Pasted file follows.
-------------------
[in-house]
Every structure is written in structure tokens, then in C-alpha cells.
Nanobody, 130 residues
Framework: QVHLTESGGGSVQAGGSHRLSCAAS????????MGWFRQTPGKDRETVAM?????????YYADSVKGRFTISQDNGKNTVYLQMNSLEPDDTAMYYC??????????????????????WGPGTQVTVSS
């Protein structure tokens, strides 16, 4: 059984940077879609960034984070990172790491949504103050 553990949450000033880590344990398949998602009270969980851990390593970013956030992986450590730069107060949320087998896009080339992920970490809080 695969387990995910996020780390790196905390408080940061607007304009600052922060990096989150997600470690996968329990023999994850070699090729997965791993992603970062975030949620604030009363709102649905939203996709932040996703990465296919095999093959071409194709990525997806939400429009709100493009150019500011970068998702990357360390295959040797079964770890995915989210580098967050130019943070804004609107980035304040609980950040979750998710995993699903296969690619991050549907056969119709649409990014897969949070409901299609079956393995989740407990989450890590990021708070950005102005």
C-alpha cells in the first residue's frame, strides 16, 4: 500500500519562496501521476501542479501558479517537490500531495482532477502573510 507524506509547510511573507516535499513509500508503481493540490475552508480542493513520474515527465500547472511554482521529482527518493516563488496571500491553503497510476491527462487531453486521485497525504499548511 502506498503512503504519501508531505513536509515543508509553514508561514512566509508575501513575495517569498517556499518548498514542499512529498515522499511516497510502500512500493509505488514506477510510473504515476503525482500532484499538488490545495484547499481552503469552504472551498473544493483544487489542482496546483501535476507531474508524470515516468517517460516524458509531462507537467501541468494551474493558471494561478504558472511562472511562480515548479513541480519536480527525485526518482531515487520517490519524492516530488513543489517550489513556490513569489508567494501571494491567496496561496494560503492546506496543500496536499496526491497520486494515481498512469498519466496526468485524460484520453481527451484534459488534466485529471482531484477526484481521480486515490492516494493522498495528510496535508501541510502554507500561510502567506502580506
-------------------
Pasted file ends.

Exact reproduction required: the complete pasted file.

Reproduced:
[in-house]
Every structure is written in structure tokens, then in C-alpha cells.
Nanobody, 130 residues
Framework: QVHLTESGGGSVQAGGSHRLSCAAS????????MGWFRQTPGKDRETVAM?????????YYADSVKGRFTISQDNGKNTVYLQMNSLEPDDTAMYYC??????????????????????WGPGTQVTVSS
């Protein structure tokens, strides 16, 4: 059984940077879609960034984070990172790491949504103050 553990949450000033880590344990398949998602009270969980851990390593970013956030992986450590730069107060949320087998896009080339992920970490809080 695969387990995910996020780390790196905390408080940061607007304009600052922060990096989150997600470690996968329990023999994850070699090729997965791993992603970062975030949620604030009363709102649905939203996709932040996703990465296919095999093959071409194709990525997806939400429009709100493009150019500011970068998702990357360390295959040797079964770890995915989210580098967050130019943070804004609107980035304040609980950040979750998710995993699903296969690619991050549907056969119709649409990014897969949070409901299609079956393995989740407990989450890590990021708070950005102005």
C-alpha cells in the first residue's frame, strides 16, 4: 500500500519562496501521476501542479501558479517537490500531495482532477502573510 507524506509547510511573507516535499513509500508503481493540490475552508480542493513520474515527465500547472511554482521529482527518493516563488496571500491553503497510476491527462487531453486521485497525504499548511 502506498503512503504519501508531505513536509515543508509553514508561514512566509508575501513575495517569498517556499518548498514542499512529498515522499511516497510502500512500493509505488514506477510510473504515476503525482500532484499538488490545495484547499481552503469552504472551498473544493483544487489542482496546483501535476507531474508524470515516468517517460516524458509531462507537467501541468494551474493558471494561478504558472511562472511562480515548479513541480519536480527525485526518482531515487520517490519524492516530488513543489517550489513556490513569489508567494501571494491567496496561496494560503492546506496543500496536499496526491497520486494515481498512469498519466496526468485524460484520453481527451484534459488534466485529471482531484477526484481521480486515490492516494493522498495528510496535508501541510502554507500561510502567506502580506